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Dixon Knitting Outside the Lines:
Stories, Pictures, True Confessions, Trick Parts, Whole
New Worlds and Familiar Ones, Too
Kay Gardener and Ann Shayne
5 Sheep (excellent)
and Ann follow up their first book (Mason Dixon: The Curious
Knitters Guide) and reveal the Secret of Knitting and what
makes knitting fun. They guarantee there is nothing in this
book you cannot do and find fun. I love their sense of humor
Decorating Yourself chapter has two “Coaty Coats”, a flappy
scarf in Muench Touch Me (the Flapotis!), two seminars disguised
as projects help you learn techniques – errant socks (cables),
your first top-down sweater. “Margaret” is a beautiful,
romantic wide ribbed a-line long sweater with knitted quotes
chain-stitched on the bodice. Cool idea, though I probably
wouldn't want someone reading my chest – I'd probably replace
it with a geometric pattern or cables (or leave plain).
There are some great items playing with the sheerness of
mohair – “a haze of knitting”. a translucent Cardi Cozy
(see-through wrap to wear tied over your storebought sweater).
Belinda is a plaid mohair wrap where the plaid is created
by overlapping two layers of solid color crisscross geometric
lace. I have a small stockpile of mohair I could see doing
four wrap pieces and swapping them out – seeing how the
colors play with each other & how the look changes depending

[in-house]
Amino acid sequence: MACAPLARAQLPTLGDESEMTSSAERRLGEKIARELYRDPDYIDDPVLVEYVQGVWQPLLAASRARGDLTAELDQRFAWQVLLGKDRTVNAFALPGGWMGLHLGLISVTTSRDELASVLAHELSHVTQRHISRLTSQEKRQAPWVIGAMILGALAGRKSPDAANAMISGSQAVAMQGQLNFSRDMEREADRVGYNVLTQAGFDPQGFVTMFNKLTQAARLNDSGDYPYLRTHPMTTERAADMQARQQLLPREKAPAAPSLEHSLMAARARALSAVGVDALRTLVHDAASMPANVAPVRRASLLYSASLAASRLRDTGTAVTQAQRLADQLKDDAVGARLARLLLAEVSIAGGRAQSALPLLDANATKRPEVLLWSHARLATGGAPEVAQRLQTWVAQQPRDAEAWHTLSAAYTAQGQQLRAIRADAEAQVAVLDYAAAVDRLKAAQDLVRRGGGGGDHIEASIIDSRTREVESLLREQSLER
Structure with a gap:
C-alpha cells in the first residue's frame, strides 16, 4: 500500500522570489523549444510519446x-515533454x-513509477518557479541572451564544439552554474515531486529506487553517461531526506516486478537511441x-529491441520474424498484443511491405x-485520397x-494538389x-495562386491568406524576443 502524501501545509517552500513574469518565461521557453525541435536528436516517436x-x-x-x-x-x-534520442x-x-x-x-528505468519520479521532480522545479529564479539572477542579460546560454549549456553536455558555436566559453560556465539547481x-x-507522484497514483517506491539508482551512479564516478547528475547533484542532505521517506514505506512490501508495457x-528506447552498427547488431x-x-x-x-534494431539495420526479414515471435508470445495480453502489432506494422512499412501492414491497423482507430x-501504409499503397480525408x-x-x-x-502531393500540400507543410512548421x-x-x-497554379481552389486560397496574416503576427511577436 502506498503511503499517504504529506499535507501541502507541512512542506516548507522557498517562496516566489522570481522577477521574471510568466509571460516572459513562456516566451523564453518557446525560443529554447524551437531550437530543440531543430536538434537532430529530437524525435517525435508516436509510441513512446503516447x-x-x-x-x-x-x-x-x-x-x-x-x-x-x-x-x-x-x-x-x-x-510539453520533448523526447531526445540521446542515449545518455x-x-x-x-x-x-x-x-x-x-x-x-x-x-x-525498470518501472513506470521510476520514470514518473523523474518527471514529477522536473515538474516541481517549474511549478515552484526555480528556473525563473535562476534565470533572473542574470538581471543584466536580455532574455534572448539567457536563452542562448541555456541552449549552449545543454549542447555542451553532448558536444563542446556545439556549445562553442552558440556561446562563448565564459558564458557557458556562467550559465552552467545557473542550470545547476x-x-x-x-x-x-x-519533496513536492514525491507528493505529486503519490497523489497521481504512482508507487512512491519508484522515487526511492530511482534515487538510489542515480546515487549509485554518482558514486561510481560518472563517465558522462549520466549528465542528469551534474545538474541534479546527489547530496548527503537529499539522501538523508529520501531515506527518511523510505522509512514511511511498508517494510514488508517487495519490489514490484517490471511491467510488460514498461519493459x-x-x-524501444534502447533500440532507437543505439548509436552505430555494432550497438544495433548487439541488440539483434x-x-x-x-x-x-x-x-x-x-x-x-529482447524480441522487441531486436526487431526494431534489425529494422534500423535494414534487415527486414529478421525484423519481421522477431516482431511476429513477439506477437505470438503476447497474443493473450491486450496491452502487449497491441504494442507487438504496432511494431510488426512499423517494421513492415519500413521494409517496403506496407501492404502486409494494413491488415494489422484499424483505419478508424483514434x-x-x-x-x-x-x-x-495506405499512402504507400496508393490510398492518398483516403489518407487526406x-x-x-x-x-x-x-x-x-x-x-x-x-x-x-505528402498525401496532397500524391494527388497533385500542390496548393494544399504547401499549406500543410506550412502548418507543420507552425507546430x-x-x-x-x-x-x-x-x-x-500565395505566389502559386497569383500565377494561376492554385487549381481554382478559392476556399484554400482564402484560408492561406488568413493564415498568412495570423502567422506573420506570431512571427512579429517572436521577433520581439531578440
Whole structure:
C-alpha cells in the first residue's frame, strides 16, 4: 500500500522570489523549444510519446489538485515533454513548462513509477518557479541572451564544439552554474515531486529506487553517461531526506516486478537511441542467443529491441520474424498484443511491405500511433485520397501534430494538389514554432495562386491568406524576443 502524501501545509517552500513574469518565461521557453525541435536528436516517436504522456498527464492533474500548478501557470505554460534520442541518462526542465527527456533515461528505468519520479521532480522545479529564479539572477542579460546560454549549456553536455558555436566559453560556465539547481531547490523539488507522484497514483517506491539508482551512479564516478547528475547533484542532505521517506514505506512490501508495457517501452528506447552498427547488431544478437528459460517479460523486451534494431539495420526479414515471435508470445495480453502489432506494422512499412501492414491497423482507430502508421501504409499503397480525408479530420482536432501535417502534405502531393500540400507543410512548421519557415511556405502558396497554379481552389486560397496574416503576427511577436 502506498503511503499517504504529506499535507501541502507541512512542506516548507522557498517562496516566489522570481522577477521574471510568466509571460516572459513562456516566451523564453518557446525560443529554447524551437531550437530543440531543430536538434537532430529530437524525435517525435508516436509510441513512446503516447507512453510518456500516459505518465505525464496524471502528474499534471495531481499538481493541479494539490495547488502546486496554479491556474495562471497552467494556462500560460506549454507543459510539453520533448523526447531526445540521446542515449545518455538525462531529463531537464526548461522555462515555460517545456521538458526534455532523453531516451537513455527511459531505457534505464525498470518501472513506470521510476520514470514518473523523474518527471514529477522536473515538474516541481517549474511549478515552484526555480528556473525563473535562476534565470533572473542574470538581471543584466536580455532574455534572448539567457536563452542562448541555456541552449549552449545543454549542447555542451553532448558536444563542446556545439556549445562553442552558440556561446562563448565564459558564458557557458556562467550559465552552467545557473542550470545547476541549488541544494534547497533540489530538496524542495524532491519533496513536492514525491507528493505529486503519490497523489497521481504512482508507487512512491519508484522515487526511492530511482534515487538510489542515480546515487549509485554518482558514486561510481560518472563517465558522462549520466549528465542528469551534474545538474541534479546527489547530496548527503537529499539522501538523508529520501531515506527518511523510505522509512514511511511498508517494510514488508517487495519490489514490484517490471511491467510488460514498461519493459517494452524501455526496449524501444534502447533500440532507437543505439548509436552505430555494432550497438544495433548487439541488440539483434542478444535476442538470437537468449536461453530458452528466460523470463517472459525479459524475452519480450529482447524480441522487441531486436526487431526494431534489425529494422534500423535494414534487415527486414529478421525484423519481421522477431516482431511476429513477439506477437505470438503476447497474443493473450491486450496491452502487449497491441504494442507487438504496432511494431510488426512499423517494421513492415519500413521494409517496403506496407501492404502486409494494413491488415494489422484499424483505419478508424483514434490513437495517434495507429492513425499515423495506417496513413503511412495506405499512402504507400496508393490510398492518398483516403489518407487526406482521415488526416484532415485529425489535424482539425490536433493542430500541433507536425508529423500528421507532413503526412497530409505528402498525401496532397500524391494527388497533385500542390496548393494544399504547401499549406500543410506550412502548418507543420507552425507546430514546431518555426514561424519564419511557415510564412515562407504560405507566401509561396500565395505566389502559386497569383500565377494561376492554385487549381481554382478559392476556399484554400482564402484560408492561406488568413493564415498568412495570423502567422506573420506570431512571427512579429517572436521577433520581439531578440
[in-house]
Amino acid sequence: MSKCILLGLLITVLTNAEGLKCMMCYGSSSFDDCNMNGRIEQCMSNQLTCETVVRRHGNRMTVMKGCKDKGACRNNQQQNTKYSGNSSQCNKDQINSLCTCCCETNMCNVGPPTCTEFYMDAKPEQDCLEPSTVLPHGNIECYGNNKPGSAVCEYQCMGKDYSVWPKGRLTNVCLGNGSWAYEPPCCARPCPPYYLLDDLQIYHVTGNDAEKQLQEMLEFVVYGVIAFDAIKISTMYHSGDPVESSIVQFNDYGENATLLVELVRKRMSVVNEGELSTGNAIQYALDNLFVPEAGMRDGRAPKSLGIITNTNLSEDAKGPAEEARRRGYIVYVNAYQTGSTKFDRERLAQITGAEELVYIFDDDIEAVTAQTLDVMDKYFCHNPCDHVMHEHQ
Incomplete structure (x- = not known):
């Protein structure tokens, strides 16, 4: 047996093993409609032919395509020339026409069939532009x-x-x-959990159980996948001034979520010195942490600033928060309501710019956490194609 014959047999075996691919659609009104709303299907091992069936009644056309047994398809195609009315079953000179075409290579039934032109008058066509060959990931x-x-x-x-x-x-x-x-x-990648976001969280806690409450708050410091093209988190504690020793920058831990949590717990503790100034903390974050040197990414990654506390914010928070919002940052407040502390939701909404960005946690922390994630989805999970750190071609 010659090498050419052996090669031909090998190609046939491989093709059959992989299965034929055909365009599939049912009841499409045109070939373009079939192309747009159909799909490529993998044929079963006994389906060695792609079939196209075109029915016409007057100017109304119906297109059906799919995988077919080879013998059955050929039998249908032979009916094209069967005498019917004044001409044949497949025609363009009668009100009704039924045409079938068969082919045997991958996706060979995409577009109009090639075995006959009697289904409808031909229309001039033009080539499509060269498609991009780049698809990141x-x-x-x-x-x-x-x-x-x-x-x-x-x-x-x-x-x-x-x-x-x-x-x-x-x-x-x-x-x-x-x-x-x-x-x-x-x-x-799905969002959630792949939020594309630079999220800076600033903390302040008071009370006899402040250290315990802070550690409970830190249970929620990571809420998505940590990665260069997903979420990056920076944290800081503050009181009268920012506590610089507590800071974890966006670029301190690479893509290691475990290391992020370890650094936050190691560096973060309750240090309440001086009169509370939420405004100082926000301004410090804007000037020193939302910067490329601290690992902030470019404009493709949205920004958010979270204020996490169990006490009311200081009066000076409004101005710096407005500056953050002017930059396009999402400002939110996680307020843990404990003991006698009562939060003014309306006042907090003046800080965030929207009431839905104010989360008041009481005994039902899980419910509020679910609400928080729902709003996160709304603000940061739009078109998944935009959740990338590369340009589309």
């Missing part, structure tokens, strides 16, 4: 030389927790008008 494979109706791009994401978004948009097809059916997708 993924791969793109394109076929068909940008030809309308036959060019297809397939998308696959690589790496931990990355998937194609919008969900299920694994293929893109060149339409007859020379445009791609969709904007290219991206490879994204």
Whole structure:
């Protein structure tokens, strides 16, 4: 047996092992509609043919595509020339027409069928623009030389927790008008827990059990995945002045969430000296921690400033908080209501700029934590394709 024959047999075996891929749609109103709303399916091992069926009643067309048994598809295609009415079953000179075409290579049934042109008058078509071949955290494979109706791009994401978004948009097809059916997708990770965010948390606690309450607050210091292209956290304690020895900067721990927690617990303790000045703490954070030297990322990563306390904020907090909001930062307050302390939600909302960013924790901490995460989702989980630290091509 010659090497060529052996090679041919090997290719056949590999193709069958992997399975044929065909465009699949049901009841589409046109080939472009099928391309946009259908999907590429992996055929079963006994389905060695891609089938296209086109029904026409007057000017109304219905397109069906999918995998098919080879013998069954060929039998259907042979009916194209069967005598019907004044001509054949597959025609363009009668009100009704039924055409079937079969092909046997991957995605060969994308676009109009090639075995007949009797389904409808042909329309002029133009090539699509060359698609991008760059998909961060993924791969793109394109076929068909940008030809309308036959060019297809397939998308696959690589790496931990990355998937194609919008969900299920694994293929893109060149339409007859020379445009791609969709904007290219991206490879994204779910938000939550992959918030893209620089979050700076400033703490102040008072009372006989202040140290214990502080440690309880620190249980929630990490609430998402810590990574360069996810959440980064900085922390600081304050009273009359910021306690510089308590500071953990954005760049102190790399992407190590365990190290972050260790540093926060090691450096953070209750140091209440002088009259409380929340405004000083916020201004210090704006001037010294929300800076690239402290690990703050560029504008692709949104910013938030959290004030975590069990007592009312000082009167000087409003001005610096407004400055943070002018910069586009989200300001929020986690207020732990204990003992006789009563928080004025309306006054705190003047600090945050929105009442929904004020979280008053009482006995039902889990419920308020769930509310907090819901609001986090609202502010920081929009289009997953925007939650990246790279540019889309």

on which color is over or under another.
Fairest Isle of All chapter introduces Fair Isle knitting
along with steeking via a rug, baby dotty blanket and working
your way up to a wonderful blanket based on Liberty of London
the Small Human chapter has great knits for kids along with
tips on what to avoid when knitting for “children who have
reaches the age of reason”. If you have kids in your life
to knit for, there is a unisex denim sweater with interesting
construction, a cute dress for your “young Avenger” – the
Emma (Peel), a Jane Austen dress – knitted bodice and a
simple skirt made by gathering & seaming a length of
fabric, I think even I could do that. Or make a Jane Austen
shrug to layer over it, cute and quick knitting. There is
a beautiful striped long sweater for a toddler with embroidered
ferns which Ann had entered in the TN state fair (her confession
about the Perils of Competitive Knitting). I absolutely
love the “heartbreakingly cute pilot cap” which is knit
in a zig-zag strip of Koigu then sewn up.
Occasional Knitting chapter has some holiday gifts – knit
Christmas stocking, felted Christmas Advent Trees (which
remind me of hats for garden gnomes) and a striped shortrow
kippah (skullcap), a poached wool picnic bag, table runners,
a knit market bag, a paper lantern cover!
Sophisticated Kitchen has their kitschy kitchen items –
dishcloths, mitred hanging dishtowels reminiscent of Mom's,
and in the new “green” style of living – “the Swifty” reusable
mopcovers (go wild and make it into a doggy coat!), superthick
hotmitts and some crazy dishwashing gloves with knitted
cuffs attached! It all goes along with their philosophy
of “MUST use the knits”.
husband tells me if he'd looked through this book to see
if I'd like it, he'd have put it back. He couldn't imagine
me making anything in it. I have a lot of knitting books
that I haven't made anything out of, but I still admire.
Actually, I could see me making the mohair wraps easily.
The pilot cap or “blu jeans” would be great for a friend's
baby. A top down sweater is on my list too.
also love to read knitting books, Kay and Ann's sense of
humor….. I love the treatise on the independent knitter
(where have you gone Elizabeth Zimmermann?) – taking charge
of my knitting, being inspired by their knitting mojo and
hoping some of it rubs off on me from owning this book.
this book from Amazon.com
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